Day: September 24, 2012

6) Life – The Last Kampong

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Recently visited Singapore’s last Kampong – The Surau Kampong.  The Kampong is located in Buangkok, nearby the old Woodbridge Hospital which is now known as Institute of Mental Health.

“Kampong” in Malay literally means village.  In olden days, Kampong is the main building form before the reinforcement of concrete technology is established.

The common scene in Kampongs during rainy seasons is fun and memorable.  Villagers chasing after ducks and chickens, hastening to bring in clothes from their clothes lines to keep away from flood and rain, whilst barefooted kids and dogs hastily fleeing to find their own shelters.  Sadly, this amusing scene is a memory of the past in Singapore with the exception for this little last Kampong.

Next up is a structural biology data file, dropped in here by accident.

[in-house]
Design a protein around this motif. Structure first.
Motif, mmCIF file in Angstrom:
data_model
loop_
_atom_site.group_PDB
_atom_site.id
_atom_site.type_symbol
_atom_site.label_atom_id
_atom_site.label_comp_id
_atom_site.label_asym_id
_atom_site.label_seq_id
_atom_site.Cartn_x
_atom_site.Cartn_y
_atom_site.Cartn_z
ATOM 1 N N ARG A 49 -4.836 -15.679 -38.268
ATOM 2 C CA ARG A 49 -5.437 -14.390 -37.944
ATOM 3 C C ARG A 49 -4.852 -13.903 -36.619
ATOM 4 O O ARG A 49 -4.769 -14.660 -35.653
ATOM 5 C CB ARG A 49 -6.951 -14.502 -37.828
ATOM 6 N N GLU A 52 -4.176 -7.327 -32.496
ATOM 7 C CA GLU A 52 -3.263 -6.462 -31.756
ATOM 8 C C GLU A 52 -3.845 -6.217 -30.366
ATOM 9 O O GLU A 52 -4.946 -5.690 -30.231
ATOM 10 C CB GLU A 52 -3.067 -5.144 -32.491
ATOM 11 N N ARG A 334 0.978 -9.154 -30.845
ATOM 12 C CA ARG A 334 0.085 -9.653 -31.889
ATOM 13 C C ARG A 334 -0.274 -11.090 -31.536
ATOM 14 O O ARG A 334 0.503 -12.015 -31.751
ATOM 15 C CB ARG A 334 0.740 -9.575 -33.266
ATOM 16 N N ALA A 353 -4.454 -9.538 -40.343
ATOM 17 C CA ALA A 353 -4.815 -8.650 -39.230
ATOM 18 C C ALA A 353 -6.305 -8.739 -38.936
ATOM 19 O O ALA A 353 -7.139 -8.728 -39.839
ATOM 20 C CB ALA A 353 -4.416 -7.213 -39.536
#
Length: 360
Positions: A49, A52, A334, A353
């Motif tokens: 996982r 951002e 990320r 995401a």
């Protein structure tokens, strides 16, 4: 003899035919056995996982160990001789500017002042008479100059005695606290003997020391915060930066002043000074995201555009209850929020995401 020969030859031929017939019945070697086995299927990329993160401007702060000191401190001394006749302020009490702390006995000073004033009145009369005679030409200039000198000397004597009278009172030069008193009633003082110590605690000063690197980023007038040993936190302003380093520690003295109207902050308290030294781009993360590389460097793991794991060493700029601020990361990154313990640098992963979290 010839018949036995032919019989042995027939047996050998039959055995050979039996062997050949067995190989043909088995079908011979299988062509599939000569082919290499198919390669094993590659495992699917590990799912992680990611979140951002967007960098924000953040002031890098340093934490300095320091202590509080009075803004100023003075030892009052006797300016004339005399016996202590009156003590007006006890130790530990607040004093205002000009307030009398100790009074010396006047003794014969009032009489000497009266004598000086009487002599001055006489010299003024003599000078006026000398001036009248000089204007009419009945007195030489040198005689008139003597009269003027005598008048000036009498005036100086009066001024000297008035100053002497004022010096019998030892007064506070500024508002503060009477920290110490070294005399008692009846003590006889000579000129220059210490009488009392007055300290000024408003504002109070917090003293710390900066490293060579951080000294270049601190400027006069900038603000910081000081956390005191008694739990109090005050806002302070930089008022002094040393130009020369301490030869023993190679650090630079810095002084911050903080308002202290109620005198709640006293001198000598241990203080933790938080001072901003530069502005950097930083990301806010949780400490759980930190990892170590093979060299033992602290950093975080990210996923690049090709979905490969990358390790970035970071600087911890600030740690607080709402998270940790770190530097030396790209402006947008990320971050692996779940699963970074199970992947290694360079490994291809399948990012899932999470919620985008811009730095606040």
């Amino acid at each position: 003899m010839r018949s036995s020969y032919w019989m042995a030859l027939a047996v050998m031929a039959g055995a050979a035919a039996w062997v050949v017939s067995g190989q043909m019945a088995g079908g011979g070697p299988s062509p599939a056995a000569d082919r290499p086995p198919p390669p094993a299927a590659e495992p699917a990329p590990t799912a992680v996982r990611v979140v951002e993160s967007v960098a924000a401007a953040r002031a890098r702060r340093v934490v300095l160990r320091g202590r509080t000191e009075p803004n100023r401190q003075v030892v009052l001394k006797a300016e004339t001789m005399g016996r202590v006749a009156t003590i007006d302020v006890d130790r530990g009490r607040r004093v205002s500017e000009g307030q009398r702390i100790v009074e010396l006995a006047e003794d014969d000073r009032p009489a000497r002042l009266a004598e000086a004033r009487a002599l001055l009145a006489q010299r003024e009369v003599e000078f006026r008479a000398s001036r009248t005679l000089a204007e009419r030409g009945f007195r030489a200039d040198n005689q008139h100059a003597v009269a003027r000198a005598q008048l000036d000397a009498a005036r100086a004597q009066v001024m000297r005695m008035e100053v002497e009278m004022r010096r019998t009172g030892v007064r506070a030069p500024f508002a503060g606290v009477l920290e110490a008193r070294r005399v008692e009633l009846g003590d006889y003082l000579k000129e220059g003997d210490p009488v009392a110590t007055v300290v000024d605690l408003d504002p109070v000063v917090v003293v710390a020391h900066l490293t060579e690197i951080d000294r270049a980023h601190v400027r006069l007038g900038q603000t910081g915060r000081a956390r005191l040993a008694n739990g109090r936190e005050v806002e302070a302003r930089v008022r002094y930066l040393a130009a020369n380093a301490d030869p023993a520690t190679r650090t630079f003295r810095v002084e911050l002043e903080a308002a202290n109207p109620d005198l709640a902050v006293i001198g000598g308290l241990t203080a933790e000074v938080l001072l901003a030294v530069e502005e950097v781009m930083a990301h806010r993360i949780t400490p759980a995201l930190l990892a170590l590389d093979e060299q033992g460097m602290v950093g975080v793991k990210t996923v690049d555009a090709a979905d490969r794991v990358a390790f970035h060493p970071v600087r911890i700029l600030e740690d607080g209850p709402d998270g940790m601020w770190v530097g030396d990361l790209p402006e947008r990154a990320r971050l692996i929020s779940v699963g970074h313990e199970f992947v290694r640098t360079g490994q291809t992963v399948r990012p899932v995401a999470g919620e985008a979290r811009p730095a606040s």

Kampong houses are usually constructed with zinc roofs and timber walls with windows and doors.  Floors are usually laid with cement screed and it feels chilling whenever you step on the floor day or night.  Leaving each other’s door open is a common sight in a Kampong.  That was the trust and camaraderie the villagers had for each other.

Wind charms, tree houses, birds, chicken, ducks, dogs, cats, fruit trees, flowers, make-shift fencing, stand alone post box, shabby toilets, raw and unpolished nature landscapes are the elements of Kampongs.

Smells of chicken poo floating in the air; gecko’s calling; mosquitoes whizzing in your ears; lizards clicking on the wall; cricket’s chirping with their dance; dogs bucking in the night; frogs singing with their orchestra are just part of the calling soul of a Kampong.

The Surau Kampong currently houses 28 families – 10 Malays and 18 Chinese.  In time to come, it may not be able to protect its own boundary.  As life is impermanent, more than ever in this fast changing Lion City.  Before Singapore gobbles up its last village, let’s step in more often to this carefree and slower pace of life as compared to the urban contemporaries.